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Today at the firehouse (11-2) it was a hard to get the guys to train. Their excuse to me was "it is Sunday". I struggled to get the guys off the couch to do a simple half hour of training. I am curious what your crews do for training on Sunday or do you not train on Sunday's?

Todd McKee

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Our Department trains every tuesday night 1900-2100hrs, The city of which I work is a composite department. In 2006 the city approved what we call mandatory training which includes 9 subject:
1- FF safety (RIT & SURVIVAL)
2- IMS
3- 1st Aid
4- CPR
5- SCBA - 70 sec don and and work exercise
6- Haz Mat (Operations - Decon)
7- Defib (they run PAD)
8- Technical Rescue Awareness (Water / Rope) as we have a TRT and the non members are Shorebased for water.
9- Ship Borad Firefighting (Lake Erie is our south Shore and Welland Canal is runs through our city.

Needless to say time after time our volunteers (Parttime) fail or refuse to take part. They know its mandatory training and if they fail or miss they are taken out of service. However thay keep refusing and at times the city wont back us (Training) up and keeps giving 2-3-4-5-6th chances. When do we say enough is enough? Firefighters need to start being held responsible for thier lack of care for the Job, cause the way I see it.. Its just that a JOB.. The only thing a volunteer has the right to is Volunteer to sign up and quit everything in between is mandatory and rules need to be followed. This goes for our career members as well.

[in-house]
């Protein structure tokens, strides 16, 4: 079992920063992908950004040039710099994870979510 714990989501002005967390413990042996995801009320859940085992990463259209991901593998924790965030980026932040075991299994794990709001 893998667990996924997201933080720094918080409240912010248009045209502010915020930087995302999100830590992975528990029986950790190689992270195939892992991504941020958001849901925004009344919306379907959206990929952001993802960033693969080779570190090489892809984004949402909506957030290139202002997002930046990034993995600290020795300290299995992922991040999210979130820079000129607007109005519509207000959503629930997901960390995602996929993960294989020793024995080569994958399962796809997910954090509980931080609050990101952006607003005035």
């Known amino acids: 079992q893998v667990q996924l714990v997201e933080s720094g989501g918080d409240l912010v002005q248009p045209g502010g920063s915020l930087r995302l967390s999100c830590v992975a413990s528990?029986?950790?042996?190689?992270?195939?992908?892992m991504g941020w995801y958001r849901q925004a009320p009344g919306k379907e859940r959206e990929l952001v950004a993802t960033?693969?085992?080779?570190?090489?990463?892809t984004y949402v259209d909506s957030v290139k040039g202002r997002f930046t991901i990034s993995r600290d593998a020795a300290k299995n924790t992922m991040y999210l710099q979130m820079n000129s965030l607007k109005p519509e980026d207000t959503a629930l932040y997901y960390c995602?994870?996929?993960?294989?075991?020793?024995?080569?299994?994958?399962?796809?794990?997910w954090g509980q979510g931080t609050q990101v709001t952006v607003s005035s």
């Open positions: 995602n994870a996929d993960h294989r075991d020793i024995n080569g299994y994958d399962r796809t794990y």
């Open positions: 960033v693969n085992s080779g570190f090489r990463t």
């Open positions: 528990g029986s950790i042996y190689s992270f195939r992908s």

Sorry for the long reply :L)
Wayne
Dusty, thats just sarcastic. My city has a subway system that has a tunnel system. There is not a lot of opportunity to train on operations in the tunnel except for when it is shut-down. Every 2-3 moths our department has a drill with San Francisco in the tunnels it involves about 10 engine companies in total. They are down there at 4am. It's just part of the job. We don't want another LODD in the tunnel as we had in the late 70's. And you can have a drill on Sunday and still have plenty of time to watch football. Just chose a drill that is not as involved a stretching lines. We have drills that may only take 30 minutes and get it done before or after the game. By the way those sports you are watching. Think how much those guys are training, everyday of the week, for a game, no days off, because they want to win.
Wayne ,i don't care if you are and paid fire fighter,or volunteer,on our departments,we have to do the training,we do train on Sundays,and we go though the Training Academy ,volunteer and paid department are certified and license,all the same.,that is here in the state I live..Training the most of all ,is going to the scene,and any accidents .Day or night..Always training to do our job,as and fire fighter..

Wayne Benner Jr (Casper) said:
Our Department trains every tuesday night 1900-2100hrs, The city of which I work is a composite department. In 2006 the city approved what we call mandatory training which includes 9 subject:
1- FF safety (RIT & SURVIVAL)
2- IMS
3- 1st Aid
4- CPR
5- SCBA - 70 sec don and and work exercise
6- Haz Mat (Operations - Decon)
7- Defib (they run PAD)
8- Technical Rescue Awareness (Water / Rope) as we have a TRT and the non members are Shorebased for water.
9- Ship Borad Firefighting (Lake Erie is our south Shore and Welland Canal is runs through our city.

Needless to say time after time our volunteers (Parttime) fail or refuse to take part. They know its mandatory training and if they fail or miss they are taken out of service. However thay keep refusing and at times the city wont back us (Training) up and keeps giving 2-3-4-5-6th chances. When do we say enough is enough? Firefighters need to start being held responsible for thier lack of care for the Job, cause the way I see it.. Its jsut that a JOB.. The only thing a volunteer has the right to is Volunteer to sign up and quit everything in between is mandatory and rules need to be followed. This goes for our career members as well.
Sorry for the long reply :L)
Wayne